“That was a real coup,” Gesualdo says. “Being able to tell companies that Dick Colliver was opening the show gave us instant credibility. We were off to the races after that.”
The success of the event and those that followed helped establish the publication, which became a monthly magazine in 2003. Bobit and Gesualdo hired a string of writers and an agent friend of theirs to serve as a consultant.
“We would write the articles and then send them to the agent a week before the issue mailed,” Gesualdo recalls. “We would have lunch with him, he would give us his feedback, then we would go back to the office, make the changes and put the magazine to bed the same night.”
The editorial team grew with the hiring of Joan Shim and Kristen Force, two young editors who helped run the magazine for several years. Gregory Arroyo joined the magazine in 2006 as its first senior-level editor. Bobit retained his “editor” title and pushed Arroyo to grow the magazine and the conference.
“Greg was our first big gun, our first professional editor,” Gesualdo says.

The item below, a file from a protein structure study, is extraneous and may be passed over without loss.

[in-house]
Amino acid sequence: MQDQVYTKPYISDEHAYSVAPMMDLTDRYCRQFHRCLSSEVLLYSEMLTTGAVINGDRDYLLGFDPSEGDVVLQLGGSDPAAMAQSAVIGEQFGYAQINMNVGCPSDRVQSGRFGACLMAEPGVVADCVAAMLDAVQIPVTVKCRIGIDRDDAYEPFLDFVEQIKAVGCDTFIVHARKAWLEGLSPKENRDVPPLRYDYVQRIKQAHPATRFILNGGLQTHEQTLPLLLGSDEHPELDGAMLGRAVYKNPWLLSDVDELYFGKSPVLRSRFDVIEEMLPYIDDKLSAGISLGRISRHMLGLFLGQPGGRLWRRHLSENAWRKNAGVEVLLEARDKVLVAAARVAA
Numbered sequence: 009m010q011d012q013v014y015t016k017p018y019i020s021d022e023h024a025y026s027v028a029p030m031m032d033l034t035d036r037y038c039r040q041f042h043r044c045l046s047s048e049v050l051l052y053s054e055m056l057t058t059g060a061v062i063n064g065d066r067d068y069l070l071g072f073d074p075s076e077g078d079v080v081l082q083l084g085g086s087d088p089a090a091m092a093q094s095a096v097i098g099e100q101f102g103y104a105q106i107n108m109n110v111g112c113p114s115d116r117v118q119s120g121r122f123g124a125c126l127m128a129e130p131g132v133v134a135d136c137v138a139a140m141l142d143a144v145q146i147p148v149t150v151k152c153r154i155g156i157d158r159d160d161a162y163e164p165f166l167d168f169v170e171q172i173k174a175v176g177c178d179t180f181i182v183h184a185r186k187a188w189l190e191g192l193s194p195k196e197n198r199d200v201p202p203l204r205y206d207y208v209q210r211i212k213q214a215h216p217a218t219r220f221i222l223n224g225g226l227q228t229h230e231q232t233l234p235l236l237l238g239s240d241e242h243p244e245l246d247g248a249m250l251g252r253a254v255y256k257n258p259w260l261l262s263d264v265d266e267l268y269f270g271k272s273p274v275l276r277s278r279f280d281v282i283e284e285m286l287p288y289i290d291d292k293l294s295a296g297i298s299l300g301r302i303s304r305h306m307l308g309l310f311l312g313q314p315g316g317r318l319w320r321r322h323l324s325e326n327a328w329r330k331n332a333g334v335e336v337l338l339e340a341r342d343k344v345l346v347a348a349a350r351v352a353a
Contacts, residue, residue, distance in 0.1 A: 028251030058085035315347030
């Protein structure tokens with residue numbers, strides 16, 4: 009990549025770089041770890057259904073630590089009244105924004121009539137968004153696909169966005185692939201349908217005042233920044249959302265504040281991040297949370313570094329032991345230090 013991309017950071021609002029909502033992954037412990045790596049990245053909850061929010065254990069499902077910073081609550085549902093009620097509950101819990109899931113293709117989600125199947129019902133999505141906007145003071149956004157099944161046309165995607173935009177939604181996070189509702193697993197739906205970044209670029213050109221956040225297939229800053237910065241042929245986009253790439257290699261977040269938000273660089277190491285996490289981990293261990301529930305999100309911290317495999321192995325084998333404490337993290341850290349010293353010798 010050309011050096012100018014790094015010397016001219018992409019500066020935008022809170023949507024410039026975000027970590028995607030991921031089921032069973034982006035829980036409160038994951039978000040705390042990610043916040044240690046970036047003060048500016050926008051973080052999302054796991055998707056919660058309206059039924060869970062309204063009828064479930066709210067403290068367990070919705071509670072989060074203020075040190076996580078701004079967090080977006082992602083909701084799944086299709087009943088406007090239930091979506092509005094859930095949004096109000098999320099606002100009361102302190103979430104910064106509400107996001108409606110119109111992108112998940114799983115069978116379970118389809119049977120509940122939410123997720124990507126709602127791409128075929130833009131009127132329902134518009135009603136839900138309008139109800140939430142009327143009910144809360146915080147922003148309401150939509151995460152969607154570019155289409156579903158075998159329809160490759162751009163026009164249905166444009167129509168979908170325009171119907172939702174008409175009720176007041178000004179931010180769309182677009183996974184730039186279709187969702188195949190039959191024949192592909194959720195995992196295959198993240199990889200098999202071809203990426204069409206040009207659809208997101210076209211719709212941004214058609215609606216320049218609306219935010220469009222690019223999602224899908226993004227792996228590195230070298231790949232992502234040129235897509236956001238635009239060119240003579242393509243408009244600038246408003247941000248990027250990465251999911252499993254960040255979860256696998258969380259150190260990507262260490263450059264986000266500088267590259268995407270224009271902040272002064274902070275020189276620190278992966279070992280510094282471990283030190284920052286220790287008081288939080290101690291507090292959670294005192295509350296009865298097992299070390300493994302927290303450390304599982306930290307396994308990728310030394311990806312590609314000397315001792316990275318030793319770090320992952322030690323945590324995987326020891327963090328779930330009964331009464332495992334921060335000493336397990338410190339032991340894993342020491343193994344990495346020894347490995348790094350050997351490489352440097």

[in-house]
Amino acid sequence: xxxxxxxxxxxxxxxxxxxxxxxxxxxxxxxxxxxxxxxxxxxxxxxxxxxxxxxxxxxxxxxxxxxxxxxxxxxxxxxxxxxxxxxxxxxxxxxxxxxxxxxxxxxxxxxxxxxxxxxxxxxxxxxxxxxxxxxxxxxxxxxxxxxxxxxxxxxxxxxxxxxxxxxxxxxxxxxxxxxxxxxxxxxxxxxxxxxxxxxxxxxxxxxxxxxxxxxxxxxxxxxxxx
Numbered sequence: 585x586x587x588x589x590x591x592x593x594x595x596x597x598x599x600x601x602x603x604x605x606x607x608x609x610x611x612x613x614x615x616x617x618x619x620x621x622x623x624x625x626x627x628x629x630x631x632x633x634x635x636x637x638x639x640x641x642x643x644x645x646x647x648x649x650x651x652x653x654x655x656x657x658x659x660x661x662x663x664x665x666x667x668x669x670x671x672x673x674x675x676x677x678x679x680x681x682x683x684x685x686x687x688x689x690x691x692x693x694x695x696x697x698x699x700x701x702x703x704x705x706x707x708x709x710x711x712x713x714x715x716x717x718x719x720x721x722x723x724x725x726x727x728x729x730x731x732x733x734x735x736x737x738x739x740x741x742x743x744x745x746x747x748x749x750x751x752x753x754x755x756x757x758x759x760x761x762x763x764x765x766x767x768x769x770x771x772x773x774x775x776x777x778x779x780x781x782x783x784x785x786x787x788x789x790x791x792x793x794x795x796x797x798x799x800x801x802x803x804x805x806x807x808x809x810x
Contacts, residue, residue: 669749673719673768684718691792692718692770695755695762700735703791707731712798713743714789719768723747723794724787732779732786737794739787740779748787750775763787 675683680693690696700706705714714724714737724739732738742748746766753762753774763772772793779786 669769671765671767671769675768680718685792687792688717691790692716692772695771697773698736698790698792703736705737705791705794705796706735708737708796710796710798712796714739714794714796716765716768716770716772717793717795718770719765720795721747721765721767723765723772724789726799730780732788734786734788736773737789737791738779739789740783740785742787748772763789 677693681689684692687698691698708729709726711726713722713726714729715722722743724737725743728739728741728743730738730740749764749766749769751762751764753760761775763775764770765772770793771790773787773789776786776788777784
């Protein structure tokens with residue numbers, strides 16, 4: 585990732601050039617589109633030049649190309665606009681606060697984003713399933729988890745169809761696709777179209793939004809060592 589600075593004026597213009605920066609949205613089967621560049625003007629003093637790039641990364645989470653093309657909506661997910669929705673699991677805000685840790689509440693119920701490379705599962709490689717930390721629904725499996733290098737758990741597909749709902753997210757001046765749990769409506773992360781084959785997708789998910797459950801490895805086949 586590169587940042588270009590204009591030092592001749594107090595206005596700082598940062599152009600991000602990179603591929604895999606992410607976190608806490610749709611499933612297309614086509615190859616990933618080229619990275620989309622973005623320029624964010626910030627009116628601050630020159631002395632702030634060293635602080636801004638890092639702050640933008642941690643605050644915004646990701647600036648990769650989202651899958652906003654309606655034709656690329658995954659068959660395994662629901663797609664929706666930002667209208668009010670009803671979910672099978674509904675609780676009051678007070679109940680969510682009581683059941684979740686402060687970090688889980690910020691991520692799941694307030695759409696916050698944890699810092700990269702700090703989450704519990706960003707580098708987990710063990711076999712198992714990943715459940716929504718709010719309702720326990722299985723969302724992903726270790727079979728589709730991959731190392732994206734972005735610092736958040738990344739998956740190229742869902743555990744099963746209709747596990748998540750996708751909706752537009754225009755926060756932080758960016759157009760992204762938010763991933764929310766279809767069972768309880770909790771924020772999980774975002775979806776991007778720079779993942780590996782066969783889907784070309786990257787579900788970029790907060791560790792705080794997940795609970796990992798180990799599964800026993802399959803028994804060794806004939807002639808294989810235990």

Bobit relinquished most of his editorial duties in 2010, but he continued to work on the magazine’s annual conference, now called Industry Summit, until the week before his passing. His last assignment was developing the agenda for the conference’s newest educational track, Dealership Sales & Technology.
“He was doing what he loved most, launching a new trade show,” Gesualdo says. “He was a friend and mentor. And he was a great friend to the dealer market. You can’t underestimate the influence he had on the growth of the F&I segment.”
Industry executives echo Gesualdo’s assessment. “I will miss Ed very much. He would light up a room and would always make you feel like you were the most important person in that room,” says Steve Amos, president of GSFSGroup. “He cared about our industry and always looked for people and ways to make things better. Clearly, he was a giant in F&I.”
Charlie Robinson, president and COO of Resource Automotive, a division of The Warranty Group Inc., adds: “Ed was one of the good guys. I will always remember him as being one of those guys who was always positive, never said a bad word about anybody and embraced life the way we should all aspire to do.”